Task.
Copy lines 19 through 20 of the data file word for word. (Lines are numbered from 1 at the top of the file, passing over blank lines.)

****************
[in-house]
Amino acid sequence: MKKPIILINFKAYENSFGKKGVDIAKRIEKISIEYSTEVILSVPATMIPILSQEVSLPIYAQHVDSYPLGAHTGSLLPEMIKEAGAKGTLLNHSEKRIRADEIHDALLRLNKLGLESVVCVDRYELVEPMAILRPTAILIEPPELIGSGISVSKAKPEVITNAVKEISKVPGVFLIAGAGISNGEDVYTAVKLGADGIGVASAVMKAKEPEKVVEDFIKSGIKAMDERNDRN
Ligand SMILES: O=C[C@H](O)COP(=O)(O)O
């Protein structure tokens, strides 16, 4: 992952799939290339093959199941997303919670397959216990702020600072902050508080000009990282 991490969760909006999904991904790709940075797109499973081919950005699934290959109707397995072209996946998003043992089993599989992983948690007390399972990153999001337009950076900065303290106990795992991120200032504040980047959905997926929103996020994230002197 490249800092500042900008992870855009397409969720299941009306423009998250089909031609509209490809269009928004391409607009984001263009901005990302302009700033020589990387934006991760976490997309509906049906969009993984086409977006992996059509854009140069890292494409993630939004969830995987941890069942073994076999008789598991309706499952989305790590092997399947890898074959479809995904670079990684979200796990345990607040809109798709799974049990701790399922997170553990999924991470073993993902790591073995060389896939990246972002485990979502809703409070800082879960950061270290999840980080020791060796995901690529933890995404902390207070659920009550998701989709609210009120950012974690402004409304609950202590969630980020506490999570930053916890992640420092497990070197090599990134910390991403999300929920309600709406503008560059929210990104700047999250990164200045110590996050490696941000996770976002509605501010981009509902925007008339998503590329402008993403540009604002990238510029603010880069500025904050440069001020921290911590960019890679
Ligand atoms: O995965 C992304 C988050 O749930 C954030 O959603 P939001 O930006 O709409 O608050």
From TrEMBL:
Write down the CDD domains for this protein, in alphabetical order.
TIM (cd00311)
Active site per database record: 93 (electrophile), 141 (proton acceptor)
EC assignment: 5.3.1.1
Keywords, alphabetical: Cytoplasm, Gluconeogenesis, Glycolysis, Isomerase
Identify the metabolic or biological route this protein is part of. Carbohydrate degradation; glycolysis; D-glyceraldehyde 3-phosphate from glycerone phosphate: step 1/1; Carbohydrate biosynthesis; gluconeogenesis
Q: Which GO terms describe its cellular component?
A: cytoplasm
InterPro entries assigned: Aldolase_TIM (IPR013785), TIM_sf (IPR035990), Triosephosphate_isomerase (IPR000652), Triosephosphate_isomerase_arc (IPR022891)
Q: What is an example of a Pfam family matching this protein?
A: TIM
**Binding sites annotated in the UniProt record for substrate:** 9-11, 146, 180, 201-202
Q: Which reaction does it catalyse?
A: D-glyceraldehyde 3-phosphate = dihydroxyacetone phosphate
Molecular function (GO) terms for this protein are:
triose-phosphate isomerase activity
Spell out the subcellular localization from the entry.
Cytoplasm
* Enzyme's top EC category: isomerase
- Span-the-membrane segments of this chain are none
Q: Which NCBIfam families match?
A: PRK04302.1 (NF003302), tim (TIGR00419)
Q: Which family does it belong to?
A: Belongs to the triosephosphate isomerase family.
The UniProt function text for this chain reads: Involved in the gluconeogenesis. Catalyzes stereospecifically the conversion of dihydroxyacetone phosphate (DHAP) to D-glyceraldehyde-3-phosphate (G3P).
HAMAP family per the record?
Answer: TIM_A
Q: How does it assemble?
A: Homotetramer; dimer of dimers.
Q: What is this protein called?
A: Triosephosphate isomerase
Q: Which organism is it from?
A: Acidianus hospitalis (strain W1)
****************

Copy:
Q: Which reaction does it catalyse?
A: D-glyceraldehyde 3-phosphate = dihydroxyacetone phosphate